# 1936 Giro d'Italia

### 24th edition: May 16 - June 7

### Results, stages with running GC, photos and history

1935 Giro | 1937 Giro | Giro d'Italia Database | 1936 Giro Quick Facts | 1936 Giro d'Italia Final GC | Stage results with running GC | Teams | The Story of the 1936 Giro d'Italia |

3766 km raced at an average speed of 31.28 km/hr

89 starters and 45 classified finishers

Last Giro for 2-time winner Costante Girardengo, who abandoned in the third stage. Because of Italy's geopolitical position, there were no foreign riders in this edition of the Giro.

First timed hill-climb for the Giro, stage 11's ascent of the Terminillo, won by Giuseppe Olmo.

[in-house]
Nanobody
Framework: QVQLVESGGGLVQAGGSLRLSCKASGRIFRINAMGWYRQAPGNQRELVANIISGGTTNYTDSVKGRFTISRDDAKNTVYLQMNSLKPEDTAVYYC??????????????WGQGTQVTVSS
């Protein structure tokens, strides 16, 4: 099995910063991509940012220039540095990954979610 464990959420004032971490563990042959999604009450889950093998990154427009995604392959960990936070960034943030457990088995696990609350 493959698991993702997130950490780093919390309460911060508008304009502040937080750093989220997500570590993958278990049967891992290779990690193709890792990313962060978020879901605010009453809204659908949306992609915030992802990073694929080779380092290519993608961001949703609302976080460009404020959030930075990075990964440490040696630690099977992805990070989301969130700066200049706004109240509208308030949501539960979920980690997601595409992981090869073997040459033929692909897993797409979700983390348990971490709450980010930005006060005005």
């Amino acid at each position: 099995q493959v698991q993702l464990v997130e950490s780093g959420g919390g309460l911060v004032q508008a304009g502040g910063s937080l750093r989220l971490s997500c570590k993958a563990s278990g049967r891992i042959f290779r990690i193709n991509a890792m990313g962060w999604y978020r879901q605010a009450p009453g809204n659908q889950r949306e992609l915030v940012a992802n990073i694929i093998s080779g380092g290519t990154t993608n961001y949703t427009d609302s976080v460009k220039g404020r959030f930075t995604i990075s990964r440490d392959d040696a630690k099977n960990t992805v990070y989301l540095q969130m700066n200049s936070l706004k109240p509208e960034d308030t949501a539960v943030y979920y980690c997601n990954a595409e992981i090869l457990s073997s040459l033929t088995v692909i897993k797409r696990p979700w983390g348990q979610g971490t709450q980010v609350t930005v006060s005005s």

Gino Bartali took the lead in the hilly ninth stage and kept it all the way to Milan.

**1936 Giro d'Italia Complete Final General Classification:**

- Gino Bartali (Legnano) : 120hr 12min 30sec
- Giuseppe Olmo (Bianchi) @ 2min 36sec
- Severino Canavesi (Ganna) @ 7min 49sec
- Aladino Mealli (Legnano) @ 14min 4sec
- Giovanni Valetti (Fréjus) @ 14min 15sec
- Domenico Piemontesi (Bianchi) @ 16min 31sec
- Ambrogio Morelli (Ganna) @ 17min 44sec
- Vasco Bergamaschi (Maino) @ 18min 35sec
- Enrico Mollo (Gloria) @ 19min 27sec
- Edoardo Molinar (independent) @ 20min 48sec
- Walter Generati @ 26min 50sec
- Giovanni Cazzulani (Gloria) @ 26min 50sec
- Cesare Del Cancia (Ganna) @ 31min 31sec
- Elio Maldini (Frèjus) @ 33min 34sec
- Ezio Cecchi @ 35min 27sec
- Giovanni Gotti @ 38min 1sec
- Mario Vicini (independent) @ 39min 51sec
- Ruggero Balli @ 39min 57sec
- Antonio Pesenti @ 43min 51sec
- Luigi Macchi @ 45min 13sec